Medicinal mushrooms are some of the most powerful “superfoods” around. Two particularly healing mushrooms, reishi and chaga, are actually considered adaptogens. They have a profound regulating effect on the immune system, hormones, blood sugar, allergies, and inflammation – all associated with fatigue.
6. Manage Stress
The emotional kind.
We cannot always avoid stressful circumstances, but we can control how we respond to and manage stress. In addition to the diet and lifestyle tips above, here are a few other stress-reducing ideas:
- Schedule relaxation breaks (5-15 minutes) throughout your day. Commit to one or more activities that make you feel calm and centered like meditation, journaling, prayer, listening to music, a walk in nature, etc.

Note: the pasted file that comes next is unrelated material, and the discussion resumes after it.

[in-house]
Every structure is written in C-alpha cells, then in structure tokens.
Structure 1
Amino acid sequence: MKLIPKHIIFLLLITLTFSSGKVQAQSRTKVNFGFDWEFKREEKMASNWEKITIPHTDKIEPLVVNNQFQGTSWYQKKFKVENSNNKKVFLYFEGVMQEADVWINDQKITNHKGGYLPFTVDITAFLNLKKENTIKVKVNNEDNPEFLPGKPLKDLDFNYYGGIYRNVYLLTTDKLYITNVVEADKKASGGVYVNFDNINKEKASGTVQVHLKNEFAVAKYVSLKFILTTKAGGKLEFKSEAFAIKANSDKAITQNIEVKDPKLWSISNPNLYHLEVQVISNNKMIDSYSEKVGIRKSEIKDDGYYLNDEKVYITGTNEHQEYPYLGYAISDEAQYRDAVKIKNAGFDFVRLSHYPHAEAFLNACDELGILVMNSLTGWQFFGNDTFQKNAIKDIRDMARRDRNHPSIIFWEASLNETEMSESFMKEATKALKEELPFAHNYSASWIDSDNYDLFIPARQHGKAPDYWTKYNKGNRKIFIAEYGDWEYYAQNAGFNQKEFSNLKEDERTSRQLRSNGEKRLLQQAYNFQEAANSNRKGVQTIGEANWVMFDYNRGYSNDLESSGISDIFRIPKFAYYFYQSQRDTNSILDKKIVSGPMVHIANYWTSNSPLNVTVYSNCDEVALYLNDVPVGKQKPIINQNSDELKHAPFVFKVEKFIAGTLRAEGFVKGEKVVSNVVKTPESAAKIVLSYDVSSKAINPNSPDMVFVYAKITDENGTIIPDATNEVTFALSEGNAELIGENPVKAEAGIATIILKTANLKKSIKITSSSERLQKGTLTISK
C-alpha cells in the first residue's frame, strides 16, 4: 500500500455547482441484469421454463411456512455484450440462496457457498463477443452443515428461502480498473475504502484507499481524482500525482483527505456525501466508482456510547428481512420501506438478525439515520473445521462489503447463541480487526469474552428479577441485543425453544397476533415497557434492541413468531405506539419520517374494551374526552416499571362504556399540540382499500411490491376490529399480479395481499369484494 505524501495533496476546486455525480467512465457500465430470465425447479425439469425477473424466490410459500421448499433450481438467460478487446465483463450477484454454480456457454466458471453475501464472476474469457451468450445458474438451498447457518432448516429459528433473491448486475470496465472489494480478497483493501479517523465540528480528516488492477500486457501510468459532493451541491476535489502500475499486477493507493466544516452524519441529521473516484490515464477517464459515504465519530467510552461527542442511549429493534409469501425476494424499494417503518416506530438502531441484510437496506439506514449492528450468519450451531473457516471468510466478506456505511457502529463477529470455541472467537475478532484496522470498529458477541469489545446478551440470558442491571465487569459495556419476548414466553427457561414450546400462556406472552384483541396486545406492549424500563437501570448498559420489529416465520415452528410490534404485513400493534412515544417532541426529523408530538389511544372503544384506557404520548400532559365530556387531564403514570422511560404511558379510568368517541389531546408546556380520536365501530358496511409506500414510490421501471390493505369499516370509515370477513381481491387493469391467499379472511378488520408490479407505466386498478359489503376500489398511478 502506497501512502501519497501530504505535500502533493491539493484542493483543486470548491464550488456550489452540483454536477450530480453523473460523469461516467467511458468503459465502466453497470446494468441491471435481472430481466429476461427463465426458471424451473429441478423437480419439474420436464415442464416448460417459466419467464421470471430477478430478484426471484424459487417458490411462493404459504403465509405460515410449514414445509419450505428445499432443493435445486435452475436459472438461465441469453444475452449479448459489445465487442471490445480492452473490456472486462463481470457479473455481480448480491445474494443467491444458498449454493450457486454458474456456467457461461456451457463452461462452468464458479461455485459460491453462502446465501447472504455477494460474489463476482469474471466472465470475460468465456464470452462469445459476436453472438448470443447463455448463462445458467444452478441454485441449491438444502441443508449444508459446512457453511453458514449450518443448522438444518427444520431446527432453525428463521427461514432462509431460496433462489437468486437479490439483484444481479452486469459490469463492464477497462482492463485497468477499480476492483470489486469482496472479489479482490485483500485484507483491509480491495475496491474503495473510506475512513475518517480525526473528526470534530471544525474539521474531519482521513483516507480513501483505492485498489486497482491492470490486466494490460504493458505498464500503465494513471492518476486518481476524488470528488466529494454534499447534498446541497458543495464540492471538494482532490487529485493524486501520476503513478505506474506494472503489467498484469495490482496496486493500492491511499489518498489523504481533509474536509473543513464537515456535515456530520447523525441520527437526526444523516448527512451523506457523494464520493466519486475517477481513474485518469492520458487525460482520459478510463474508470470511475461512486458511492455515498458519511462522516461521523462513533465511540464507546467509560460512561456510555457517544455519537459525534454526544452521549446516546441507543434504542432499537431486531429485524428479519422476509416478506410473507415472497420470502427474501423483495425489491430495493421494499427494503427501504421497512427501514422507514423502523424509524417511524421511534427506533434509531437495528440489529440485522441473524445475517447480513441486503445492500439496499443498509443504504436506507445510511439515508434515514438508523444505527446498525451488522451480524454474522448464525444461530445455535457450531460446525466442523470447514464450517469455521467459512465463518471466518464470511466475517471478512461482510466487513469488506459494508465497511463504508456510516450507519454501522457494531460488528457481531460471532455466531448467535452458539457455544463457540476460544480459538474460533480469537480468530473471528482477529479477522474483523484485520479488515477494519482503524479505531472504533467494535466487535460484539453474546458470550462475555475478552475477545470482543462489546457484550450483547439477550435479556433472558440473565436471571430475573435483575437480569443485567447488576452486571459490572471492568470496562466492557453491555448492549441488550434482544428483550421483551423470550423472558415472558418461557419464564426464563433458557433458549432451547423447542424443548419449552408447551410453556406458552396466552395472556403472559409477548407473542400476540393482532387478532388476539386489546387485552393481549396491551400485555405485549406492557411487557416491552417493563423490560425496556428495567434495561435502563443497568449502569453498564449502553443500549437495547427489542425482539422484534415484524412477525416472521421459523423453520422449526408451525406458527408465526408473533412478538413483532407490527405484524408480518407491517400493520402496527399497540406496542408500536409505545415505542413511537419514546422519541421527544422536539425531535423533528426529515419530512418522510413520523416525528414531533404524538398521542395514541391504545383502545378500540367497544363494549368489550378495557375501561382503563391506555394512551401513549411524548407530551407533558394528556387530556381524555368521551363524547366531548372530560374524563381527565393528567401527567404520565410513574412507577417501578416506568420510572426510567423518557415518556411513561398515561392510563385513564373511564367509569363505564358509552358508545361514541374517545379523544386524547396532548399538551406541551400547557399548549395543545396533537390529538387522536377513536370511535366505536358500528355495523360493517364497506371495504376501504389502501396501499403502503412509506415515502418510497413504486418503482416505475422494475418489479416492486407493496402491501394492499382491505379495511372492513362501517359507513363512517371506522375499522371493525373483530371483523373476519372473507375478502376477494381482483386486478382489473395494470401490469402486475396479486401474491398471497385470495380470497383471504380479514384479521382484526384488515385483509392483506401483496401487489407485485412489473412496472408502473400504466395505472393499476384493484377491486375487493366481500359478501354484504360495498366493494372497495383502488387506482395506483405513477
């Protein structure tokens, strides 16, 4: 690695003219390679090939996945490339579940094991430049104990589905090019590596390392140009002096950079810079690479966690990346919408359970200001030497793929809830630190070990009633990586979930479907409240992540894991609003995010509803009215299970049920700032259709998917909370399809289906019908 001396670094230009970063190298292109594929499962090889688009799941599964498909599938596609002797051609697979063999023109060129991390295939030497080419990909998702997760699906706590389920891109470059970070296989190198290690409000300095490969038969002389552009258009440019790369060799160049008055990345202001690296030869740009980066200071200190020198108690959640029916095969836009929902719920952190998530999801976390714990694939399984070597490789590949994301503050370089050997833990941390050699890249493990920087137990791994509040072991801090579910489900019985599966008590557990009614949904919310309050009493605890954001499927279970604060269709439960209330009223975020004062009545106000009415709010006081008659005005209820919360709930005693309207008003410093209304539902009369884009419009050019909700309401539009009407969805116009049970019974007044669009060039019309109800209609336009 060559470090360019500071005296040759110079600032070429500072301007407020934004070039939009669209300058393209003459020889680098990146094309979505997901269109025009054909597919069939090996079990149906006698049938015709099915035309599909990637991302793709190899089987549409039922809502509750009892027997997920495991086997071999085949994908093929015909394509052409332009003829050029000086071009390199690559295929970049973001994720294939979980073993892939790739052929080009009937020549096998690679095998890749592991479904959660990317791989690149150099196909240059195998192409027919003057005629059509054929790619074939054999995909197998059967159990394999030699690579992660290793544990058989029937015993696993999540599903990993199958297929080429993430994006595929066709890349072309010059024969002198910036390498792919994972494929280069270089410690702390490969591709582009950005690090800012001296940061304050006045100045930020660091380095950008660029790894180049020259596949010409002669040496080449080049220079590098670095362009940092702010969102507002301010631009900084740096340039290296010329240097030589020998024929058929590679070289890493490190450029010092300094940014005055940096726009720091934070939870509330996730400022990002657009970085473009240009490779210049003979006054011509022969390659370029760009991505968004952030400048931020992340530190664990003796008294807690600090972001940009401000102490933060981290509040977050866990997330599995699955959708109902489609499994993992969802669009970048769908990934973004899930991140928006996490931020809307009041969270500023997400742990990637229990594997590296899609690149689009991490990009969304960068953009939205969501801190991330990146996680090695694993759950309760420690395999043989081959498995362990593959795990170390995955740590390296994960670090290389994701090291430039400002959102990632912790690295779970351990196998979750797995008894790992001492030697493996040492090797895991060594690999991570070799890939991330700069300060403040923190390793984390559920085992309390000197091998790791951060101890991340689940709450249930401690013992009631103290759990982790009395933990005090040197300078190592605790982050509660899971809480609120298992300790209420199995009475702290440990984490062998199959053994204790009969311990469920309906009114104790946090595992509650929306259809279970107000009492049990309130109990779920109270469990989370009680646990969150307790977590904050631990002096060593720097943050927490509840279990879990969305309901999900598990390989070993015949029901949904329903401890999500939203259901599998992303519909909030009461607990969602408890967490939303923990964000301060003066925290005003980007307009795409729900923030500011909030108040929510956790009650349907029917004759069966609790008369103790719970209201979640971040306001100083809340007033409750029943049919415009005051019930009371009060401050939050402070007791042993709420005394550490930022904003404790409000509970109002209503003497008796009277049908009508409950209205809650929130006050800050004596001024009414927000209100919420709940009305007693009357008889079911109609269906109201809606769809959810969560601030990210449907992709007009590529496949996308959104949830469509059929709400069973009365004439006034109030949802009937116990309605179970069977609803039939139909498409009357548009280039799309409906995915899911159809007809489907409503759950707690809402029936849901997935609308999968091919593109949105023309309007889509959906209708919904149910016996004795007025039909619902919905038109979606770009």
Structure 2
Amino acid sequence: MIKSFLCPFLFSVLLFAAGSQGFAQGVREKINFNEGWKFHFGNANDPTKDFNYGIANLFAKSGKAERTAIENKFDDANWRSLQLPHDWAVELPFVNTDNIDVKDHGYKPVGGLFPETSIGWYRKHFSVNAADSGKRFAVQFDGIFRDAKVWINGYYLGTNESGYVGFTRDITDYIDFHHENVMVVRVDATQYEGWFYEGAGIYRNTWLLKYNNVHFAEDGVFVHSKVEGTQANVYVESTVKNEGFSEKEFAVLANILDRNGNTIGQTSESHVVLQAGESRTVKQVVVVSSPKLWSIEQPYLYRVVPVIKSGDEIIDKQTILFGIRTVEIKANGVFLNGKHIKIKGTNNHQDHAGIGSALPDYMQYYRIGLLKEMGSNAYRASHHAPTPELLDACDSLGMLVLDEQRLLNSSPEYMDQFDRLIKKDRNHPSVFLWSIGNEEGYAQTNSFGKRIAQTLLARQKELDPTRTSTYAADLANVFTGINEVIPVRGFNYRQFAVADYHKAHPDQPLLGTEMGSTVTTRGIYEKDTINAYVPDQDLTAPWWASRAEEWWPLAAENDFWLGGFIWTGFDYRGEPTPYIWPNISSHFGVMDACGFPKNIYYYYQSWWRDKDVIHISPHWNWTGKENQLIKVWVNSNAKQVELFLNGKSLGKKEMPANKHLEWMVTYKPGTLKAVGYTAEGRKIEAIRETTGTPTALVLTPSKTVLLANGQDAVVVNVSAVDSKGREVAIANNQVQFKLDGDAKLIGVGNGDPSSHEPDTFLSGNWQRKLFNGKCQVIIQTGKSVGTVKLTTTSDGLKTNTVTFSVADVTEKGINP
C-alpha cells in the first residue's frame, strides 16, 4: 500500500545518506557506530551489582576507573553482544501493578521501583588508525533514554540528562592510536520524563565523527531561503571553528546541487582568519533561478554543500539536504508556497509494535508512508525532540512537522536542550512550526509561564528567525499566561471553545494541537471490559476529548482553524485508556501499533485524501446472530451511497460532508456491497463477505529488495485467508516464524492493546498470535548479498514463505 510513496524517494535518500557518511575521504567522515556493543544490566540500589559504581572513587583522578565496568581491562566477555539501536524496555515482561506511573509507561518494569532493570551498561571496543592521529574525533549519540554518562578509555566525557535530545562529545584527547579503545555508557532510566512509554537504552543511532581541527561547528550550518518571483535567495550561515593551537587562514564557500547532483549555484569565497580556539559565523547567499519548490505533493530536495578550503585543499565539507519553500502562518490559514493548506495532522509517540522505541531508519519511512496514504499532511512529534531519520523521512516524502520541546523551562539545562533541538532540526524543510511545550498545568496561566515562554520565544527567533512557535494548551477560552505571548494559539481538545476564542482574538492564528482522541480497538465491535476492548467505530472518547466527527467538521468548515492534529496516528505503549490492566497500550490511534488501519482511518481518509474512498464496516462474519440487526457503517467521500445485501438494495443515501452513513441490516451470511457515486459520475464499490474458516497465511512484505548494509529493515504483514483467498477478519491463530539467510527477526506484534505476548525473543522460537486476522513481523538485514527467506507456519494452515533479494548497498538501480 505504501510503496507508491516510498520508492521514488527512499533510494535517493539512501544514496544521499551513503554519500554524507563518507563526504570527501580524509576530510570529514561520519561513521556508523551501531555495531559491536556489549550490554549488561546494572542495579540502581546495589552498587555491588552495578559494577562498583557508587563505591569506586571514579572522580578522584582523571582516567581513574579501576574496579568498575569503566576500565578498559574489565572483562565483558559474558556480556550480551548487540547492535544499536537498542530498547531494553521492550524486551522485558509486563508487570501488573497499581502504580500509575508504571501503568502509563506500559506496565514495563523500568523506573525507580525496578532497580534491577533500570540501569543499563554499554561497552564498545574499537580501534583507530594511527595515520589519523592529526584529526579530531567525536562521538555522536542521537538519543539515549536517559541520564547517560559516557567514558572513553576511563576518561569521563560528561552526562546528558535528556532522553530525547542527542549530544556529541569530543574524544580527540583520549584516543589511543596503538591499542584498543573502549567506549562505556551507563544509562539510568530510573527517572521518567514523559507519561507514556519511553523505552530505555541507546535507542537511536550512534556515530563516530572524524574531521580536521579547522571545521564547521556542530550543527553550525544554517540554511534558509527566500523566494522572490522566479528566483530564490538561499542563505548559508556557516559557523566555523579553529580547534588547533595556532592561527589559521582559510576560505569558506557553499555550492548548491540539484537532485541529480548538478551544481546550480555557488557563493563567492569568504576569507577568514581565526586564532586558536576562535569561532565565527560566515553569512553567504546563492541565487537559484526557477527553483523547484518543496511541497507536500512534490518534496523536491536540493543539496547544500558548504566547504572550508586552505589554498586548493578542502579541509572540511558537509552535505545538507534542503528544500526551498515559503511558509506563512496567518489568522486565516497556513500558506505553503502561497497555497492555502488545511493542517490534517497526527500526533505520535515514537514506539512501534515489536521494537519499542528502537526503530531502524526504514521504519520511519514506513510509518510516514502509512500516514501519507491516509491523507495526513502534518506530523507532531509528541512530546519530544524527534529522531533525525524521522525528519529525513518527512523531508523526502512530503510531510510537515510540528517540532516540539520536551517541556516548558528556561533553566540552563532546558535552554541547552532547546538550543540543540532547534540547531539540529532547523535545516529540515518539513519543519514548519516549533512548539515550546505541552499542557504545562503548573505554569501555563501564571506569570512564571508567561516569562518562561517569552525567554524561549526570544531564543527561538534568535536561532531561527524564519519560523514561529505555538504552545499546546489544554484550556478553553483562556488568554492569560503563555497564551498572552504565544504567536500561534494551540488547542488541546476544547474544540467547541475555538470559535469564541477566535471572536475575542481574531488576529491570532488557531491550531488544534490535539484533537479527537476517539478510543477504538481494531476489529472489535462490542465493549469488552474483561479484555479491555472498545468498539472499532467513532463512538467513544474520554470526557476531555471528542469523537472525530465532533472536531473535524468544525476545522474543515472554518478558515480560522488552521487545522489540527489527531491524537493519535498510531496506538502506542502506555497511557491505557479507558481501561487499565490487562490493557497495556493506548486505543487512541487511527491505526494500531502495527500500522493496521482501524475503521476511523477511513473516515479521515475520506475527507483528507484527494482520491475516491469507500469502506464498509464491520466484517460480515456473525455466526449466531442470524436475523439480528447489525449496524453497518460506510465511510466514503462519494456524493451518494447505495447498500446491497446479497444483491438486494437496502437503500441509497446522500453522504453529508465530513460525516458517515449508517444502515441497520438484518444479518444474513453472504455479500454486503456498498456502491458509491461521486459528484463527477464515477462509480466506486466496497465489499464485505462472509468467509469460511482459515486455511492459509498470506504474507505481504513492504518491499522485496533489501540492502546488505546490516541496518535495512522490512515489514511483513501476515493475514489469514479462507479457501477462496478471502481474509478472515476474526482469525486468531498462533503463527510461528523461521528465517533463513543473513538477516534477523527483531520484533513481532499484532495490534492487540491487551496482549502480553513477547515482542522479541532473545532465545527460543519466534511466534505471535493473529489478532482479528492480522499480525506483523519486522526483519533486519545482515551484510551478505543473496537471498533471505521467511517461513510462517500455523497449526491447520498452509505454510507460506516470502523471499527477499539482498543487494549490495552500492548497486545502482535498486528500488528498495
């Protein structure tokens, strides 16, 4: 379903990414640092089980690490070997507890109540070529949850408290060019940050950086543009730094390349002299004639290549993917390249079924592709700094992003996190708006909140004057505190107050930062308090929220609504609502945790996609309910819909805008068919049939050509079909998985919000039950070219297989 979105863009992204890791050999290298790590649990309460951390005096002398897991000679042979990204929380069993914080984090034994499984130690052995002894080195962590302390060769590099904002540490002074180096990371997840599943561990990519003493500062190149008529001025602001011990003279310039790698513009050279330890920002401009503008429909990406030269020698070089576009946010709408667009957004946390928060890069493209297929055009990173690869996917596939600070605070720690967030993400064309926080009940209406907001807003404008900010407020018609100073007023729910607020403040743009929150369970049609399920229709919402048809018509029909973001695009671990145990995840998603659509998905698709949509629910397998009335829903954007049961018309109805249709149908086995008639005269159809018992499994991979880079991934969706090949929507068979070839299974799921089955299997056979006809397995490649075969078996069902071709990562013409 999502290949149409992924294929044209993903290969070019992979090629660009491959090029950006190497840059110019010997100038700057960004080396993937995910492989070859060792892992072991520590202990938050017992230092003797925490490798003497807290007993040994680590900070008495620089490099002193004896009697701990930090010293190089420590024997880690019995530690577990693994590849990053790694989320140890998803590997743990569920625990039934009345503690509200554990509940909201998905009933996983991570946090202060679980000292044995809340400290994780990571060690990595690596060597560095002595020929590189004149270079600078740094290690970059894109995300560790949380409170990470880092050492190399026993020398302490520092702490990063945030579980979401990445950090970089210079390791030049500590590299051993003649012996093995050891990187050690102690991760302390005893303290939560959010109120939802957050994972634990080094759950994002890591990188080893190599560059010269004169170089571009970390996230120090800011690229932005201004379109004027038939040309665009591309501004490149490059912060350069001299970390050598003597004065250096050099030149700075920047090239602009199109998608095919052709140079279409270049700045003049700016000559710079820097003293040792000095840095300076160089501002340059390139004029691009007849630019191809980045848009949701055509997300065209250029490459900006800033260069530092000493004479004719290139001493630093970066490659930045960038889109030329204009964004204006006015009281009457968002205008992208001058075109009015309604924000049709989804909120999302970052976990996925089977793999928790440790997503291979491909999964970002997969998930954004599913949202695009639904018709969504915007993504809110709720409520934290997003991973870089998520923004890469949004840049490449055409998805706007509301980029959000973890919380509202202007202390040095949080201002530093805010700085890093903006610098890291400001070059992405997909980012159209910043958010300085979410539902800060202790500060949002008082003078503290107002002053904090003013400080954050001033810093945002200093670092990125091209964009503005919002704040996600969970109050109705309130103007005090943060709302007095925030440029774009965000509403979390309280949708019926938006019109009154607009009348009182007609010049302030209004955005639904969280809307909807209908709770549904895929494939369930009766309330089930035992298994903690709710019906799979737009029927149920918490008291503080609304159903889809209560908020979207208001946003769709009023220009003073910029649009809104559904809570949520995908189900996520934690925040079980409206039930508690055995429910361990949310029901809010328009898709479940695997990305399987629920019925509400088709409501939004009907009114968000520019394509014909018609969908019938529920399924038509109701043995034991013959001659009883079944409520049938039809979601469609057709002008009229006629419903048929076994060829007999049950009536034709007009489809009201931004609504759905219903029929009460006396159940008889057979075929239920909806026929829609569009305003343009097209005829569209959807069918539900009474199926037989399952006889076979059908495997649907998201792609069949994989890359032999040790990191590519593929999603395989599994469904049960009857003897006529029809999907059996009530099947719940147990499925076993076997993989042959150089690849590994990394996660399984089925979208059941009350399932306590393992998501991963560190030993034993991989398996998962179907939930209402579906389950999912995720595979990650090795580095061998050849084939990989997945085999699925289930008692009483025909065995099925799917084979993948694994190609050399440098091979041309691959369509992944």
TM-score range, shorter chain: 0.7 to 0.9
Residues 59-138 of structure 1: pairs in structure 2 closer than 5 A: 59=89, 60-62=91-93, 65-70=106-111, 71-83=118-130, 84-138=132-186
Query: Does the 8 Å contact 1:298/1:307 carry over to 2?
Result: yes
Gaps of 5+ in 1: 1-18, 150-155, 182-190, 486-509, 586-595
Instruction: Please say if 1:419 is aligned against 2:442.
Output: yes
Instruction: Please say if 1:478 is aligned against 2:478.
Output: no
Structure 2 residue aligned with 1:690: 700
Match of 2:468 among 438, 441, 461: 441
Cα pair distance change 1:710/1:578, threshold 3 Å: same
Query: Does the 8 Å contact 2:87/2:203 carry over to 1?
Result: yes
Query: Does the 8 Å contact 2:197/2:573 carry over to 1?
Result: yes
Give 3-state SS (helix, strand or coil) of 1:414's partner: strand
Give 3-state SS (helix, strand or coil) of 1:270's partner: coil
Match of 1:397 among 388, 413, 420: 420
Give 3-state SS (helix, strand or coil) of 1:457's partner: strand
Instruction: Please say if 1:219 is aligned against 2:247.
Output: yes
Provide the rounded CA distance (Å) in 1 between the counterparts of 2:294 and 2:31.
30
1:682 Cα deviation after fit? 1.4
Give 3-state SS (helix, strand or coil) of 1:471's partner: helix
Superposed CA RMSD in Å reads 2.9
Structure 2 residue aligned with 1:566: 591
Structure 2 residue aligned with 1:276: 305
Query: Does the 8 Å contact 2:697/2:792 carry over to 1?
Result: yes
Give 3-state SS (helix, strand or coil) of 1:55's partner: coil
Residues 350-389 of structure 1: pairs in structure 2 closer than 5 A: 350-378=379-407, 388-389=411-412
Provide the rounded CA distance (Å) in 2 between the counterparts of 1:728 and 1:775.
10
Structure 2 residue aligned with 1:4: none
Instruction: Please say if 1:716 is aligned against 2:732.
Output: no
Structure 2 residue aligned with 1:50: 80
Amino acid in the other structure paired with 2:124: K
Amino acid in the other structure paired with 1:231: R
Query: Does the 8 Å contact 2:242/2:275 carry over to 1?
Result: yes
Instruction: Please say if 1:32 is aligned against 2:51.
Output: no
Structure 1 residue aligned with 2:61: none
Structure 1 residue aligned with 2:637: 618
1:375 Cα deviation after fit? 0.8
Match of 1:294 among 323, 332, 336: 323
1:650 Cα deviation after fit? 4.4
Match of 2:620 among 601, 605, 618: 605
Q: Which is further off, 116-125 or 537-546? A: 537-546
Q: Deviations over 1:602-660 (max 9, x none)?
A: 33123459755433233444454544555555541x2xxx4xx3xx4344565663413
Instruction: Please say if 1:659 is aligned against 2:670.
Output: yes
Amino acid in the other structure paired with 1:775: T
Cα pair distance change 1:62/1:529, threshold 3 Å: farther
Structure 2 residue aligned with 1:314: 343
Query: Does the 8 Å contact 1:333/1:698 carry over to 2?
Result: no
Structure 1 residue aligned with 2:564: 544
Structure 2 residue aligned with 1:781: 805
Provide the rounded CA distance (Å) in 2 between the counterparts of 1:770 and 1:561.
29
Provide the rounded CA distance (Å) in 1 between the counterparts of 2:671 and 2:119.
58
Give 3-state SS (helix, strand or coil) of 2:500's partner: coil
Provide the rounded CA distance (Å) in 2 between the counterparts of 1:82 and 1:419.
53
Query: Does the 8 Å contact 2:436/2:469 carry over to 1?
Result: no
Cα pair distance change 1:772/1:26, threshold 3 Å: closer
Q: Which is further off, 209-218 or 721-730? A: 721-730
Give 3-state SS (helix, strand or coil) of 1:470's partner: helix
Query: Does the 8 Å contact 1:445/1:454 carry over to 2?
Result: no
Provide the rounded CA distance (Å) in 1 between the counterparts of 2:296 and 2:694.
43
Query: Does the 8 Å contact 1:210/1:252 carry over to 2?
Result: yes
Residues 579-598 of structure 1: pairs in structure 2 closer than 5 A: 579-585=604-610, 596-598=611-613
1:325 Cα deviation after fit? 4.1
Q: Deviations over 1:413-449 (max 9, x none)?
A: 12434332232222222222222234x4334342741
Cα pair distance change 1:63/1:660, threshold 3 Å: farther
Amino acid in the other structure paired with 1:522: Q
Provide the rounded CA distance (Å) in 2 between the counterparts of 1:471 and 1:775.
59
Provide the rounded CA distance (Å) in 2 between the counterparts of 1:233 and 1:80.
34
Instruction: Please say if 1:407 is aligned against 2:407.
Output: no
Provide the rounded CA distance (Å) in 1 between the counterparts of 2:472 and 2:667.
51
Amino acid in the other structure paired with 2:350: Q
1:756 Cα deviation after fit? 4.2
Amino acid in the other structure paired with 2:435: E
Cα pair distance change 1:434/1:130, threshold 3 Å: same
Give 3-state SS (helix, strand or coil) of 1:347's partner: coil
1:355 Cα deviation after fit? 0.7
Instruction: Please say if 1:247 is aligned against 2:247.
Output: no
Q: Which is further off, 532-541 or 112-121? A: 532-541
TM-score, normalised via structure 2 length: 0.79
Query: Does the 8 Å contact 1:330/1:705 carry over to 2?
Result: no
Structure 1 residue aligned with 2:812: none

- Learn to say “no.” Prioritizing your health, and rest is a must, which means you can’t be everywhere and everything to everyone.
- Get the right medical support. Work with a naturopathic or functional medicine practitioner to uncover and address underlying conditions or imbalances which may be causing fatigue. A trained mental health professional is also an invaluable stress-management resource.
Fatigue may be hard to measure, but with an estimated 836,000 to 2.5 million Americans suffering from CFS alone, its prevalence is indisputable. (23) If you are struggling with persistent, depleted energy, rest assured, you are not alone and you do not have to feel this way forever.
By addressing the energy-stealing stressors, both emotional and biological, that are taxing your systems, you can fight off fatigue and take back your vitality.